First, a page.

In a sweep of back-to-back nationally ranked teams, the University of Oregon’s 8th-ranked volleyball team followed up their decisive victory last Wednesday over the 26th-ranked Oregon State Beavers by traveling to Los Angeles two days later to beat the 2nd-ranked USC Trojans on their home turf.
The Ducks are now 11-0 on the season (2-0 versus the Pac-12), which is impressive all by itself, but it’s the way that record has been compiled that makes this team truly special. Nine of their eleven victories have been sweeps – three of them against ranked opponents – and they’ve done it by dominating no matter which team is on the attack.
On offense, the Ducks’ hitters have reached the 10+ kill mark in a game 27 times. The team has also racked up hit percentages of .300 or better in seven games, with players exceeding that mark individually 36 times. Defensively, Oregon has allowed just nine of the other team’s hitters to get ten or more kills and held the opposition to a hit percentage of .200 or less in all but two games. Those hit percentages are even more spectacular when you break them down by sets. As a team, they’ve hit for .300 or better in 19 of the 37 sets they’ve played this season (51.35%), while they’ve held the other team to .200 or less a whopping 24 times (64.89%).
The Ducks also lead the Pac-12 in kills, assists, and hitting percentage. Four Oregon players also appear in the conference’s top ten lists for individual stats: Alaina Bergsma (1st in service aces and points, 2nd in kills), Ariana Williams (2nd in hitting percentage), Lauren Plum (1st in assists), and Haley Jacob (9th in digs). Given the high level of competition in the Pac-12 for volleyball, that’s no mean feat.
“The one thing about volleyball in this conference is, this isn’t college volleyball,” head coach Jim Moore explained in an interview earlier this year. “This is probably the fifth or sixth best league in the world . . . this is as high, as good as it gets at the collegiate level, especially top to bottom.”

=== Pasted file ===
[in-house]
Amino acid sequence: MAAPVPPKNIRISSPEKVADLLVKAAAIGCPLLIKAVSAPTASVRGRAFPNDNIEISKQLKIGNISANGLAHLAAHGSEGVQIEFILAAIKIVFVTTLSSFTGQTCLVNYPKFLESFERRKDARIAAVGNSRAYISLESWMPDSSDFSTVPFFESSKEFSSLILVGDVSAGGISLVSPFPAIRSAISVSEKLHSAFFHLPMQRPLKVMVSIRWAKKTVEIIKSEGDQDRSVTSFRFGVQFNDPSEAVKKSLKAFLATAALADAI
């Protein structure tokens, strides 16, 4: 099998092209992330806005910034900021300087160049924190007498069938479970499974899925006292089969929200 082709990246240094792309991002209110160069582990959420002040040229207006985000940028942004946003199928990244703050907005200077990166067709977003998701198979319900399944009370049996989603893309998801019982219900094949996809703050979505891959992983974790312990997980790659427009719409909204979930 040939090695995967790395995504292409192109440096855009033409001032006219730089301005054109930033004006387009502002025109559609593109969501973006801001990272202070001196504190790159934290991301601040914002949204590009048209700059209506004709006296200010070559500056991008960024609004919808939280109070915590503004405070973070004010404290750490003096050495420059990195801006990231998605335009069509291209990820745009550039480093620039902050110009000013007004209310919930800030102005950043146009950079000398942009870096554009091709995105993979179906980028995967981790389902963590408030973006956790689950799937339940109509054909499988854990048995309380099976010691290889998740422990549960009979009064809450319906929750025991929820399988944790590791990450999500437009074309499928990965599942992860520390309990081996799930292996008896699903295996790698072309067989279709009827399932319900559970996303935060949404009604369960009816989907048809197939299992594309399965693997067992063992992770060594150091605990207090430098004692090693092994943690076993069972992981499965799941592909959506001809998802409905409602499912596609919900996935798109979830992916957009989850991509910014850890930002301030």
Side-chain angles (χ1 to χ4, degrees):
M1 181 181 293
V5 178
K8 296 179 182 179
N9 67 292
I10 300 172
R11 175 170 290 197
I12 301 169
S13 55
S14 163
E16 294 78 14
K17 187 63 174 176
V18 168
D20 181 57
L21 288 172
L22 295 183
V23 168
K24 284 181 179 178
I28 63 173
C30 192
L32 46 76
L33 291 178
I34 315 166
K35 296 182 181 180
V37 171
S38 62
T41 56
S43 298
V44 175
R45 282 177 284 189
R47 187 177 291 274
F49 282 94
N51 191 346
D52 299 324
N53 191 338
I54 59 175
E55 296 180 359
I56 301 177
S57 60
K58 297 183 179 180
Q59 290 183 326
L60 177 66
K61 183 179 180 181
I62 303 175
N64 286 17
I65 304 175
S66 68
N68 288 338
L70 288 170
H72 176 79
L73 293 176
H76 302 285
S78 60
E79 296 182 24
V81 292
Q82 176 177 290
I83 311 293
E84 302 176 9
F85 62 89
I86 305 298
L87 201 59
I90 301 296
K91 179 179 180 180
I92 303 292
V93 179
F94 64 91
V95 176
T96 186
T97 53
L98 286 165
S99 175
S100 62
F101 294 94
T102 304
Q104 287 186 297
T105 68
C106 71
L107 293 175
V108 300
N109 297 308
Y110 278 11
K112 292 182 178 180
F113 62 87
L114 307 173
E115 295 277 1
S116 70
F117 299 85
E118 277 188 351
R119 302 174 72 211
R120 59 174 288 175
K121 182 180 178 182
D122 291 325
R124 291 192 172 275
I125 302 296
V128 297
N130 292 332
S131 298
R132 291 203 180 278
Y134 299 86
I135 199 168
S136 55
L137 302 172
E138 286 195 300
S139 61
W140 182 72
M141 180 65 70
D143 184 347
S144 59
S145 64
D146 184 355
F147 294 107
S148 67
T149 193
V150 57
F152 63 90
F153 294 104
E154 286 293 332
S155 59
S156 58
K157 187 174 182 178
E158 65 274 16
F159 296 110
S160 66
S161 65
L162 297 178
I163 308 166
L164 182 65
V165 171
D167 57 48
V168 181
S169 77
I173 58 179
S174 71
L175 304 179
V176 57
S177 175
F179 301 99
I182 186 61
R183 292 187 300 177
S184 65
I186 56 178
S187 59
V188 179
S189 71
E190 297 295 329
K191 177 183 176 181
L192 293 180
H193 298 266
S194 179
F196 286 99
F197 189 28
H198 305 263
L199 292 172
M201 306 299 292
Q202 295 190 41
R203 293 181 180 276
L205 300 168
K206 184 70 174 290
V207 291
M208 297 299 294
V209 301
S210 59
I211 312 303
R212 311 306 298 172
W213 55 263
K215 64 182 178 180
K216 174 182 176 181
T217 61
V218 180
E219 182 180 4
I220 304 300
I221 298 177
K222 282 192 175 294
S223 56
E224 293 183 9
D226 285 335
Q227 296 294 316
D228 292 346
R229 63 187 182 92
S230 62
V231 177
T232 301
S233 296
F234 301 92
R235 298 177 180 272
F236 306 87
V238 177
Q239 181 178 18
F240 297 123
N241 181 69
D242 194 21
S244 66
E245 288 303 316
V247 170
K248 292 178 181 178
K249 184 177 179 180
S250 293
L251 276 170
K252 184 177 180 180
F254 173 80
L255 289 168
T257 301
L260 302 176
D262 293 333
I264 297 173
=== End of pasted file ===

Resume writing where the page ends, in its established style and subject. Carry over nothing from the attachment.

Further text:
The AVCA’s rankings for Division I teams back up Moore’s statement. In their most recent poll, five of the top ten colleges were from the Pac-12: UCLA (1), USC (2), Washington (5), Stanford (6), and Oregon (8). Two other conference members, Oregon State and California, also received votes. Also, in the 31 championship games in women’s volleyball the NCAA has held since 1981, Pac-12 teams have reached the semifinals 28 times and taken first place 14 times. In short, the Pac-12 is king of the hill when it comes to volleyball – and if Oregon keeps playing like it is right now, come this December they’ll be in sole possession of the conference crown.
The team’s strengths were on full display in the Civil War game against the Beavers. In the first set, the Ducks quickly built an 8-3 lead that forced Beavers head coach Taras Liskevych to call an early timeout to regroup. After returning to the court, his players were able to narrow the scoring gap to 11-8, but Oregon’s assault, led by Williams and Brenner, soon had the Ducks steamrolling their way to a 25-12 finish.
Set two began with the teams’ roles briefly reversed, as this time the Beavers jumped out to a 4-9 lead to force Moore to call a timeout to talk the situation with his players. After a second timeout discussion midway through the set, the Ducks’ offense came back to life. But as hard as Brenner and company pushed their opponents, on the other side of the net outside hitters Camille Saxton and Katelyn Driscoll were busy spearheading a Beavers attack that gave as good as it got. Saxton was Oregon State’s best offensive weapon by far and finished the game with ten kills, five blocks, and a service ace, but her best efforts were only enough to fight Oregon to a 24-24 tie. Moments later, Bergsma and Brenner crushed the Beavers’ hopes with a quick-strike point apiece to take the set, 26-24.